I read this interesting article called Loss of Death: Suicide in Videogames. It was fascinating because it brings up the question of how we treat death in video games. The author (Ryan Kuo) poses the question:
The vignette raises questions about the way that games treat life and death — questions that still haven’t been answered. Does a surfeit of lives cheapen our notion of life, rendering it as easily dispensable as coins or bullets? Or is the cycle of life, death, and resurrection a rich platform for contemplation?
Kind of a big question isn’t it? What does the perception of having multiple lives in games have on the human psyche? Furthermore, what would happen if we took that vital piece of integrated gameplay out of gaming altogether?
Personally I think the removal of multiple lives from gaming would cause a kind of outcry in the gaming universe at first. I think perhaps a few gamers would enjoy the challenge of trying to survive without dying through the whole game…but they would be a minority in the gaming world. Such games, I feel, wouldn’t survive (pun intended).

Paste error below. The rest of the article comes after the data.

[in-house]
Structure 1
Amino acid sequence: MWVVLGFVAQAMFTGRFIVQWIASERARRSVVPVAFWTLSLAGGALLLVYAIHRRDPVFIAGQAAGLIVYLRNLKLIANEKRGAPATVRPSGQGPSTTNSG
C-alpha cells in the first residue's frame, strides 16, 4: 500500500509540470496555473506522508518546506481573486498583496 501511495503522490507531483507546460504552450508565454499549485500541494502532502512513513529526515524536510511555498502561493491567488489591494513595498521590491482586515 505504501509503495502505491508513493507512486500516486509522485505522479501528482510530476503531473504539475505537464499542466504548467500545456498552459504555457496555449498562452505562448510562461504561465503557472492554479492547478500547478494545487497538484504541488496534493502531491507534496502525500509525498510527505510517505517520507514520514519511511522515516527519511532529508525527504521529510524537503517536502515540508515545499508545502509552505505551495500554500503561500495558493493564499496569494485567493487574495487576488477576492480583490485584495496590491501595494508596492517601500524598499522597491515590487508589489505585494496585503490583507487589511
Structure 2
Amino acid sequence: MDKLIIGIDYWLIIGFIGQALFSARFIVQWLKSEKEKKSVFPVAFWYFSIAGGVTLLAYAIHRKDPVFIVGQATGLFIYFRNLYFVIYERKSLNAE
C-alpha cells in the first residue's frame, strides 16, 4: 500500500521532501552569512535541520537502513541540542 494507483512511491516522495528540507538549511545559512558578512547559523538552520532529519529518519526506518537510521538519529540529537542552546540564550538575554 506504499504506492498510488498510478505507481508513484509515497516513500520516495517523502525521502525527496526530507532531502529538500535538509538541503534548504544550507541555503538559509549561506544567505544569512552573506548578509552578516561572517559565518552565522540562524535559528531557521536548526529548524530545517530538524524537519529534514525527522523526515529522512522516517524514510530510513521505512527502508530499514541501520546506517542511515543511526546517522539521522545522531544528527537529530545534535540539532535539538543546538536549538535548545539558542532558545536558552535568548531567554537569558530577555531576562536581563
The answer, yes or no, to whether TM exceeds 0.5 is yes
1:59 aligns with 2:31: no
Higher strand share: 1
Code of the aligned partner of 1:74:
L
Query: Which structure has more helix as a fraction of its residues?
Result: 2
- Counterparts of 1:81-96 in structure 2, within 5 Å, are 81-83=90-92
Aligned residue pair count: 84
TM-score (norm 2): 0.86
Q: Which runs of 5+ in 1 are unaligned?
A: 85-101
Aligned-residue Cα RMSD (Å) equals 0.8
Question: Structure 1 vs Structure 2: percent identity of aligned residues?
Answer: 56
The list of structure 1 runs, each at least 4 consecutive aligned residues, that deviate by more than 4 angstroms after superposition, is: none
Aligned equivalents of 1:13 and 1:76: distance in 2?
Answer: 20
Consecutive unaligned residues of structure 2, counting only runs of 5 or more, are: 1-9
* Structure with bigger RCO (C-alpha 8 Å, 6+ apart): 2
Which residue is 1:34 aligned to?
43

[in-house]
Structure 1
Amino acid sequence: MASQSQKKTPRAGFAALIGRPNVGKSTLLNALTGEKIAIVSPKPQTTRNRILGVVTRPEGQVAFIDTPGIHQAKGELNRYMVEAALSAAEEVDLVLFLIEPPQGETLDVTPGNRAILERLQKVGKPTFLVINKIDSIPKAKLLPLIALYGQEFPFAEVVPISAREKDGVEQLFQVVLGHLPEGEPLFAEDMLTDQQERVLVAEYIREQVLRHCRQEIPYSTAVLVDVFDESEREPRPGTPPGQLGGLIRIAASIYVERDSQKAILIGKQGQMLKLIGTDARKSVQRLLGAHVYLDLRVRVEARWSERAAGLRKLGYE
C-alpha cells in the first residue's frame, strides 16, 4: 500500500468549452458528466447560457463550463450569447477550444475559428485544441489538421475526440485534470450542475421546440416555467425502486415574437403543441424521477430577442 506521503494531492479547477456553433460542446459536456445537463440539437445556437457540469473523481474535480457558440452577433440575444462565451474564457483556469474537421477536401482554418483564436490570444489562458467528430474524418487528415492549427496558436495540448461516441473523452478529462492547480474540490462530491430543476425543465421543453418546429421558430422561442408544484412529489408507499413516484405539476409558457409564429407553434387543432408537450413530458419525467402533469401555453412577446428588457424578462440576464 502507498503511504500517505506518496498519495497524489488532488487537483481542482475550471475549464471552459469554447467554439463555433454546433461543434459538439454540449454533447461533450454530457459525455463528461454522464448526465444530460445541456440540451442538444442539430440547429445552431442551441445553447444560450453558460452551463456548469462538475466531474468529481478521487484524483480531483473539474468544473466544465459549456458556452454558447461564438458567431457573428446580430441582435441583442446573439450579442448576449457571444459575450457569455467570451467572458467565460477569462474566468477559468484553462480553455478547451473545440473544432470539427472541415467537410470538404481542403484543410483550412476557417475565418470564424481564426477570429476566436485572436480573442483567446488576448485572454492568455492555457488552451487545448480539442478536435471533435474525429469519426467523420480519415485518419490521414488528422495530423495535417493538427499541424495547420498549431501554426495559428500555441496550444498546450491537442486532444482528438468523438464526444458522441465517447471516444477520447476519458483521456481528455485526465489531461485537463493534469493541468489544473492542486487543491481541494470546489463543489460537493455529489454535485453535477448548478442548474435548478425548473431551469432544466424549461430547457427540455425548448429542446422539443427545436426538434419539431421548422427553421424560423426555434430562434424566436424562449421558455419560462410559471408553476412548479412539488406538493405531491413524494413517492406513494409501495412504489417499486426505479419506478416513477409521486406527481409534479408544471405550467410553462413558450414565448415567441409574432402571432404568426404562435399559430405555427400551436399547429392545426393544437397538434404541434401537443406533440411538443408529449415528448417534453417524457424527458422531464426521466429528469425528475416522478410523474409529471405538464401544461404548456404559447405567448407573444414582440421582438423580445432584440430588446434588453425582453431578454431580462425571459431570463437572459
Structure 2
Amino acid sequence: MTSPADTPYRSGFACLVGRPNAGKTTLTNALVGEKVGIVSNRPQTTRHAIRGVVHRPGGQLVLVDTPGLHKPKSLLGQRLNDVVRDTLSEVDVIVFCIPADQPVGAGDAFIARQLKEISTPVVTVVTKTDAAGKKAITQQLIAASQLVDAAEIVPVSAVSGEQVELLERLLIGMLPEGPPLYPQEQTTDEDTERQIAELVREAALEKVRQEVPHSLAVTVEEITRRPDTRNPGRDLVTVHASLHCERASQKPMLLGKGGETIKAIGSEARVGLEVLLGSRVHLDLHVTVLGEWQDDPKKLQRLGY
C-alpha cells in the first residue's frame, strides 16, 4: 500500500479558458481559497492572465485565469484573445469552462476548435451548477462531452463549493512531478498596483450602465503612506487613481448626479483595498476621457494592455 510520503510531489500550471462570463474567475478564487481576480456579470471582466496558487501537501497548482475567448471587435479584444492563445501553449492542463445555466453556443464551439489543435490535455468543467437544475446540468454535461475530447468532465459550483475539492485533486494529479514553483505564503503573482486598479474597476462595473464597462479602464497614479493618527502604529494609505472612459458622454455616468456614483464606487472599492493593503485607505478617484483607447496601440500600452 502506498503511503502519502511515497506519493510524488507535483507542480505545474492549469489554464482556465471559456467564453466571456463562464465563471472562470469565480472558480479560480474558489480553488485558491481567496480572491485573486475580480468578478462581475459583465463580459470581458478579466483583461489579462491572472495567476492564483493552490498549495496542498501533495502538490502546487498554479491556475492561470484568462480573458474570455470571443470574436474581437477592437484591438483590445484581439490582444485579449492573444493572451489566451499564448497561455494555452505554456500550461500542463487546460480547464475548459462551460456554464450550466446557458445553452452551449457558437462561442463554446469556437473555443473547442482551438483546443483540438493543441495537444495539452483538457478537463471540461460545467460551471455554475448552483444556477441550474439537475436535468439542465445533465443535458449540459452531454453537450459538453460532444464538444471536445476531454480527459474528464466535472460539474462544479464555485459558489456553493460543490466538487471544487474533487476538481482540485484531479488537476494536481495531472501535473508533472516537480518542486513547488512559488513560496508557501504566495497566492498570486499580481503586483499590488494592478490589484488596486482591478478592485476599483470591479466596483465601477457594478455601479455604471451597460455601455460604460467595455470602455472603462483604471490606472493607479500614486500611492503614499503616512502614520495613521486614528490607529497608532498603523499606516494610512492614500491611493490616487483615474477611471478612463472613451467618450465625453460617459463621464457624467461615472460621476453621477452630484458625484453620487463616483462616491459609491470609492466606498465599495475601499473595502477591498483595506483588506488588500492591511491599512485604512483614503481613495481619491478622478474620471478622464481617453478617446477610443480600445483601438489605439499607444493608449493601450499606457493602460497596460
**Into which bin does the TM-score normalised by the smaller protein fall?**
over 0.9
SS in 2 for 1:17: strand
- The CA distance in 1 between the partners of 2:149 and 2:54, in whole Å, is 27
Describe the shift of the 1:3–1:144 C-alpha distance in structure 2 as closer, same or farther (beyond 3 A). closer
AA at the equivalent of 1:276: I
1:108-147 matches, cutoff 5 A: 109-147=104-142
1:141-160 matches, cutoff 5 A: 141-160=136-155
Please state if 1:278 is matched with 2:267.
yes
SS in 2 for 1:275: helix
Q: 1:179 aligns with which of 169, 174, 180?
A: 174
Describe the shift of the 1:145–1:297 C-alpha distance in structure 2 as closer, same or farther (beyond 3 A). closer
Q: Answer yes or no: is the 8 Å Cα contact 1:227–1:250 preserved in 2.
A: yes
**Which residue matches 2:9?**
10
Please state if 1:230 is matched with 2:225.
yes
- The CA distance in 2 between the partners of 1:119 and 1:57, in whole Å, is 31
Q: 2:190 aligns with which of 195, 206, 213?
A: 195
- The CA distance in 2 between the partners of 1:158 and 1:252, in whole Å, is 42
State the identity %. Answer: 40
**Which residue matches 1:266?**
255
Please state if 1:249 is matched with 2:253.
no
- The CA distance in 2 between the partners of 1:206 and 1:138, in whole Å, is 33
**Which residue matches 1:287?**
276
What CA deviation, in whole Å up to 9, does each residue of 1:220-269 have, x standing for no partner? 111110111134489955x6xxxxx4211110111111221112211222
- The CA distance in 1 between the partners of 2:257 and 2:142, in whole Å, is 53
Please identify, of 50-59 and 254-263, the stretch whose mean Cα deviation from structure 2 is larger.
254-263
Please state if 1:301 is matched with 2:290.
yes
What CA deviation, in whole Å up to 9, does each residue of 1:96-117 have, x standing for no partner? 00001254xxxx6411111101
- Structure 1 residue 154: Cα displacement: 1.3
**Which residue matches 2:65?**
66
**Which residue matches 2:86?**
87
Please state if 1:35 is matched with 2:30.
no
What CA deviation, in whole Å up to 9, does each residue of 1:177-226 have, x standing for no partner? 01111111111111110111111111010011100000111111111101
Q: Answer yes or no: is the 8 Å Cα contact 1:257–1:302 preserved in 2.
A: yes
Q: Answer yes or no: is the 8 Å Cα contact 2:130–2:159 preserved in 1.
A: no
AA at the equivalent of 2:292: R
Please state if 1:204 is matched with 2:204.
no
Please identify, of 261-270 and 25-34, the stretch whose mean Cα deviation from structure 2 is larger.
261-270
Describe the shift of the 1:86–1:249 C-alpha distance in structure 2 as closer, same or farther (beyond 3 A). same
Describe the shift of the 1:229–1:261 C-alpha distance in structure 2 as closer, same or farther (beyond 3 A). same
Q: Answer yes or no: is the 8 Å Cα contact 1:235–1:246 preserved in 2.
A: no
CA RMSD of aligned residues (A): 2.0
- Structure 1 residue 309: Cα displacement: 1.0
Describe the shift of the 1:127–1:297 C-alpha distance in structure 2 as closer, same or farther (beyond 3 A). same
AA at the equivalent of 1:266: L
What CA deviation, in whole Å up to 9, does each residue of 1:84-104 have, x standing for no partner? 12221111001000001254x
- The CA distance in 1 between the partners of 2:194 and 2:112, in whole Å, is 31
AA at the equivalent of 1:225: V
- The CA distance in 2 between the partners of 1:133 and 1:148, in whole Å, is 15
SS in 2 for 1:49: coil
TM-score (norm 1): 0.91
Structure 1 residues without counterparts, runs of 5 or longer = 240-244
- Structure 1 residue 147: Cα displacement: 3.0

Humans want to be allowed to make mistakes. They want to be redeemed of those mistakes. I think that is a great appeal for gamers. Gaming offers the do-over we don’t get in real life. That is why I game personally. Then again, I cannot really allow my feelings on the matter to be the standard for the gaming world.
Leave your thoughts below.